Ear Facts | In Regards to Function, Anatomy and Impairment

The facts about the ear are discussed here in terms of their uses, problems, and their functions.

Ear is one of the important sense organs of our body.

A pair of ears present on the sides of animals of most genres and species.

In some animals, ears are moveable at will, but in others, like humans, ears are not moveable.

The presence of strong muscles in the ear pinna is responsible for the movement in a few animals like mammals. However, these muscles are slightly strong enough to control movement in higher animals like men.

He instead uses hands to drive away any insects or irritation affecting the ear.

Facts about the ear

1. Bio-metric tool: The ear is one of the external tools to establish the identity of a person, like the fingerprint or iris of the eye etc. This fact was first discovered in 1893 by Bertillon. The external features of ear like ear lobes, presence of piercing, shape, etc. are used for biometric purposes. It is said to be unique in comparison to other biometric traits, due to being less affected by age, unaffected by a change in facial expressions, and also not affected by facial make-up or ornaments that can cover its appearance.Ear Facts- It can be used as a biometric tool

2.Dual function: We assume the ear is meant only for hearing. But, it has two different and essential functions in our body. The inner part of the ear has two functional parts as
a) Choclea: This helps in hearing of sound
b) Vestibular system: This helps in the balance of the body.
3. Ear wax: The ears have two glands namely the sebaceous glands and ceruminous glands in the external auditory meatus.  Sebaceous glands secrete oils while the ceruminous glands wax. These two secretions are sticky in nature and help to trap dust, insects, and bacteria that try to enter the auditory canal. These secretions along with dead epithelial cells form the ear wax. This wax can sometimes cause pain and deafness until removed mechanically or by the use of warm bicarbonate water.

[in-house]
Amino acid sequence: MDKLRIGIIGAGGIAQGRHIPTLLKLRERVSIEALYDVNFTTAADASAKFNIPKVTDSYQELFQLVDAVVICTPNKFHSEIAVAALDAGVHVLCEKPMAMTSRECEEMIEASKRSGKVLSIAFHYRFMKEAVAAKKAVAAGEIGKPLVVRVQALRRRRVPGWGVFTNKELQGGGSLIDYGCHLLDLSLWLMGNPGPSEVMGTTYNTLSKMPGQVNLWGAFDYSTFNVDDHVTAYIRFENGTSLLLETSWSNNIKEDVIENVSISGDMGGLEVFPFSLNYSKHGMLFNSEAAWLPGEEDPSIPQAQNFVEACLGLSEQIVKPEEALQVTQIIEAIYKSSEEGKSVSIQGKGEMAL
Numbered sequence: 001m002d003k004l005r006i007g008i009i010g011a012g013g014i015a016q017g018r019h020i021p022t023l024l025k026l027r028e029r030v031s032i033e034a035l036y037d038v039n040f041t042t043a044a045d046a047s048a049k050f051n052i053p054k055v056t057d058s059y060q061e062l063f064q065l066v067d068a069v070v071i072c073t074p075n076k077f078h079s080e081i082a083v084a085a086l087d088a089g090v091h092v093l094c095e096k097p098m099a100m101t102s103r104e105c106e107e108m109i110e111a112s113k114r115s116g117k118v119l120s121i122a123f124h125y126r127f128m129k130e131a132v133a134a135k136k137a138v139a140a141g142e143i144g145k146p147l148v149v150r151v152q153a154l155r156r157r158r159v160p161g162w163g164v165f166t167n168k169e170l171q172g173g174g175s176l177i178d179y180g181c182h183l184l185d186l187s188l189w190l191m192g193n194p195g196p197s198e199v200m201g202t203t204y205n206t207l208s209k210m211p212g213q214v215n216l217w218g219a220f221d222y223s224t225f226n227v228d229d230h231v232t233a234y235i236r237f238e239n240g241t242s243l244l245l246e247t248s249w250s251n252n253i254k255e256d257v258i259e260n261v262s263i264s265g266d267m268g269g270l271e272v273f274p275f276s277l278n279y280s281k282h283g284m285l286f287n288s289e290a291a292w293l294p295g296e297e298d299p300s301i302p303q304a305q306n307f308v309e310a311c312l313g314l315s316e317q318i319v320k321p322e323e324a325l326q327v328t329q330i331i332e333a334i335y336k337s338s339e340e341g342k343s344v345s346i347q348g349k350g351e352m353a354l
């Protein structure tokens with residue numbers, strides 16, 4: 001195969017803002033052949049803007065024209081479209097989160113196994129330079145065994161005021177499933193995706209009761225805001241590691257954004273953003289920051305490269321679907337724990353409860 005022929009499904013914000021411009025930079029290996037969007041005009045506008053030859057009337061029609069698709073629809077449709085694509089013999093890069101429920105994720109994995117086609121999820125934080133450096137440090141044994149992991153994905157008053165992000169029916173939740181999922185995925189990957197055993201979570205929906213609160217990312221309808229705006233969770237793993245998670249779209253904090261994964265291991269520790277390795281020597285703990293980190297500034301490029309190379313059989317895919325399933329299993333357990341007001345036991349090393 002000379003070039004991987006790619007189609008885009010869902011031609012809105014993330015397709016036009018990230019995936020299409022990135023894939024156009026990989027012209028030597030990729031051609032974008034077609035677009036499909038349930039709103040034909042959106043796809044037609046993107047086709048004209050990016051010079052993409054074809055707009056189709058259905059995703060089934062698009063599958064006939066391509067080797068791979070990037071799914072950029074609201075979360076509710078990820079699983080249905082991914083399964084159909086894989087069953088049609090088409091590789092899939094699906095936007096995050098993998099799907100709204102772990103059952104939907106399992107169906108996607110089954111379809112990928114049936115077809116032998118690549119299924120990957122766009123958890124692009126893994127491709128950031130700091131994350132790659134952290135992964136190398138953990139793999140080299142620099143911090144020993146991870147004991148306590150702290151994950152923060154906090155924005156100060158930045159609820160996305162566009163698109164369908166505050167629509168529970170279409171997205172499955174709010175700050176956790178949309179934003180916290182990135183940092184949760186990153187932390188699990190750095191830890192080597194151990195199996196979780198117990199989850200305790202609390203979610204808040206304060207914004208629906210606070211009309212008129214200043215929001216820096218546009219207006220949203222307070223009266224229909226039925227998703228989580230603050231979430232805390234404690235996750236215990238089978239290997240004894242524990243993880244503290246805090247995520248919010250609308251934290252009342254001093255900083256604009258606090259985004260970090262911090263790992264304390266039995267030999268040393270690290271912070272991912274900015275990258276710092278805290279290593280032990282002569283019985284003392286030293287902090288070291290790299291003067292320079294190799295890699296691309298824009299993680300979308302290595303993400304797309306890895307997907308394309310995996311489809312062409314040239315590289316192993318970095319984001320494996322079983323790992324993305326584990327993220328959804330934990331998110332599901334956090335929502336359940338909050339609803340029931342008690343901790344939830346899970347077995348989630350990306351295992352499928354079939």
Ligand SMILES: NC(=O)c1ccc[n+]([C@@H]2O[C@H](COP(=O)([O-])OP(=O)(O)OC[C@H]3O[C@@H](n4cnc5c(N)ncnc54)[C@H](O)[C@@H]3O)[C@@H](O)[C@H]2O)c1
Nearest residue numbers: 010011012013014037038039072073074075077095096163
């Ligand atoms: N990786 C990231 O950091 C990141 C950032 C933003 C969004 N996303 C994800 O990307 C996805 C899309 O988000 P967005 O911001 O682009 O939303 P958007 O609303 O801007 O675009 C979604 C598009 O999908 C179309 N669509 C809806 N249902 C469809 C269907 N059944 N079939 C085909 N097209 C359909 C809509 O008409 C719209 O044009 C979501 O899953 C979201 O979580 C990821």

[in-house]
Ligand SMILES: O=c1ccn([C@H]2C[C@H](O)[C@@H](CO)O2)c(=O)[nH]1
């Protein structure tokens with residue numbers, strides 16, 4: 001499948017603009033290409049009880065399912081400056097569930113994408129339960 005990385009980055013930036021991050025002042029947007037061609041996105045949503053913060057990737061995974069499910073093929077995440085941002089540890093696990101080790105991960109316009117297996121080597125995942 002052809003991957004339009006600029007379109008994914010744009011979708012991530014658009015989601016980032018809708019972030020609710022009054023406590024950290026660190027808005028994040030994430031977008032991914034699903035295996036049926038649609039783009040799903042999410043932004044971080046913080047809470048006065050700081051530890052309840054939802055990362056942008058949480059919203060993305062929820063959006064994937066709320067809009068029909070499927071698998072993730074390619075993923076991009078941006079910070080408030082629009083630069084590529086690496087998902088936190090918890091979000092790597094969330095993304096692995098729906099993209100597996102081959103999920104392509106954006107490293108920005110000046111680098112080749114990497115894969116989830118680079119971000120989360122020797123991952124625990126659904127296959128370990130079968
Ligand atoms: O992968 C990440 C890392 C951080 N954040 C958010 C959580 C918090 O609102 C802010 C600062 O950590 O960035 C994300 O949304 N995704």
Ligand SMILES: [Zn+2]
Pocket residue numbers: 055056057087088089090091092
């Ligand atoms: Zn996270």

4. Blood labyrinth barrier: This is the barrier similar to blood brain barrier, which separates the inner ear from systemic circulation. Due to this, drugs taken by the systemic route do not reach the inner ear leading to ineffective treatment in case of infections or diseases to the ear. Hence, ear treatment can include other routes of drug administrations.

5. Body balance:

Ear Facts in terms of anatomy
By: Chittka/ Wikimedia Commons

The inner ear vestibular system is the key to the maintenance of the balance of our body. It has 3 semi-circular canals, each helping in sensing one type of movement. The first one helps in senses up-and-down movement. The second canal helps in sensing side-ward movements. The third canal helps in sensing the tilting movements. These canals have fluid and hair cells inside. During movement, the fluid and hair cells move, and the hair cells send these signals to the brain through the acoustic nerve. Our brain uses this information to interpret where we are in space. We tend to get vomiting when this balance system is agitated or disturbed.

6. Hearing loss: With age, there is a loss of sensitivity to a higher frequency. Deafness is caused due to infections, immune disorders, ototoxicity by drugs, and antibiotics. Bacterial and viral infections are prime causes, while aminoglycoside antibiotics damage hair cells.

7. Hearing: The energy of sound waves is converted into neuronal energy, and a signal is conducted to the brain. When the sound waves reach the tympanic membrane, a series of movements is set down, which leads to waves in fluids of the cochlea. This stimulates sensory cells that send auditory stimuli to the brain.

8. Hearing frequency: Sound waves travel in the form of waves and show wave nature i.e., have both frequency and also wavelength. Human ears can hear a sound frequency in the range of 20 to 20 K hertz.

9. Ear in the fetus: A baby develops ears by the 16th week and is able to hear. The ears erect out and stand on the sides of the head at this period.

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